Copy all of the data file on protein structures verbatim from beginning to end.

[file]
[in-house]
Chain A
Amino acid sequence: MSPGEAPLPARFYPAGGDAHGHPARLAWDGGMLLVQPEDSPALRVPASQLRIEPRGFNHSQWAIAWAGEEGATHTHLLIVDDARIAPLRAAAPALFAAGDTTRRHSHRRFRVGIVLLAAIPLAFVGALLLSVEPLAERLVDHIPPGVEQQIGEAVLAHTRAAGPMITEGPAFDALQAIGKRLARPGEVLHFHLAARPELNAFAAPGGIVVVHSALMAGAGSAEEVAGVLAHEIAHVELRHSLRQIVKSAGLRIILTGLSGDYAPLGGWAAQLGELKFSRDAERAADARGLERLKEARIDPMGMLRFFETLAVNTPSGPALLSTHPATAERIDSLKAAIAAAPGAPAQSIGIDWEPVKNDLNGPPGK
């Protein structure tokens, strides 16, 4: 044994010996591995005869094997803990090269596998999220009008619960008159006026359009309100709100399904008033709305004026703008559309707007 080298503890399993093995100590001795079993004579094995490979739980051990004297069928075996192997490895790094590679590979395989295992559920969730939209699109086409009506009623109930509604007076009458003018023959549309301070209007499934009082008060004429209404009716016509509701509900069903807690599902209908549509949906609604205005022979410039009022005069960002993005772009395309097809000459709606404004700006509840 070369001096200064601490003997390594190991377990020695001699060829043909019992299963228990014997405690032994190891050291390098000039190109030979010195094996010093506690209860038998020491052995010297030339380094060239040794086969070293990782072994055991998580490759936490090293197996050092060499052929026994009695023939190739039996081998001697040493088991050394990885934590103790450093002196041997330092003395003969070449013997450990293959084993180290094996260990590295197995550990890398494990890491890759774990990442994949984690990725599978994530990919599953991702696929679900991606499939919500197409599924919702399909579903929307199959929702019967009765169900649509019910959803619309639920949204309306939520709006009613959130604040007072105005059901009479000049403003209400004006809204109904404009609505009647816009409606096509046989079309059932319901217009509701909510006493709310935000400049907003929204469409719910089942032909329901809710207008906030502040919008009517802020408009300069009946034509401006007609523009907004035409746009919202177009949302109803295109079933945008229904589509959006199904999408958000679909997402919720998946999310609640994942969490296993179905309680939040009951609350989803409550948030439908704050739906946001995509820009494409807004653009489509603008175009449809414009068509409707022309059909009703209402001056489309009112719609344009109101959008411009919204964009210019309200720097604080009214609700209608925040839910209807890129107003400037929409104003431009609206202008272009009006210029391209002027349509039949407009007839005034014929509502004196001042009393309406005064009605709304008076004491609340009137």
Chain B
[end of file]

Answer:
[in-house]
Chain A
Amino acid sequence: MSPGEAPLPARFYPAGGDAHGHPARLAWDGGMLLVQPEDSPALRVPASQLRIEPRGFNHSQWAIAWAGEEGATHTHLLIVDDARIAPLRAAAPALFAAGDTTRRHSHRRFRVGIVLLAAIPLAFVGALLLSVEPLAERLVDHIPPGVEQQIGEAVLAHTRAAGPMITEGPAFDALQAIGKRLARPGEVLHFHLAARPELNAFAAPGGIVVVHSALMAGAGSAEEVAGVLAHEIAHVELRHSLRQIVKSAGLRIILTGLSGDYAPLGGWAAQLGELKFSRDAERAADARGLERLKEARIDPMGMLRFFETLAVNTPSGPALLSTHPATAERIDSLKAAIAAAPGAPAQSIGIDWEPVKNDLNGPPGK
């Protein structure tokens, strides 16, 4: 044994010996591995005869094997803990090269596998999220009008619960008159006026359009309100709100399904008033709305004026703008559309707007 080298503890399993093995100590001795079993004579094995490979739980051990004297069928075996192997490895790094590679590979395989295992559920969730939209699109086409009506009623109930509604007076009458003018023959549309301070209007499934009082008060004429209404009716016509509701509900069903807690599902209908549509949906609604205005022979410039009022005069960002993005772009395309097809000459709606404004700006509840 070369001096200064601490003997390594190991377990020695001699060829043909019992299963228990014997405690032994190891050291390098000039190109030979010195094996010093506690209860038998020491052995010297030339380094060239040794086969070293990782072994055991998580490759936490090293197996050092060499052929026994009695023939190739039996081998001697040493088991050394990885934590103790450093002196041997330092003395003969070449013997450990293959084993180290094996260990590295197995550990890398494990890491890759774990990442994949984690990725599978994530990919599953991702696929679900991606499939919500197409599924919702399909579903929307199959929702019967009765169900649509019910959803619309639920949204309306939520709006009613959130604040007072105005059901009479000049403003209400004006809204109904404009609505009647816009409606096509046989079309059932319901217009509701909510006493709310935000400049907003929204469409719910089942032909329901809710207008906030502040919008009517802020408009300069009946034509401006007609523009907004035409746009919202177009949302109803295109079933945008229904589509959006199904999408958000679909997402919720998946999310609640994942969490296993179905309680939040009951609350989803409550948030439908704050739906946001995509820009494409807004653009489509603008175009449809414009068509409707022309059909009703209402001056489309009112719609344009109101959008411009919204964009210019309200720097604080009214609700209608925040839910209807890129107003400037929409104003431009609206202008272009009006210029391209002027349509039949407009007839005034014929509502004196001042009393309406005064009605709304008076004491609340009137």
Chain B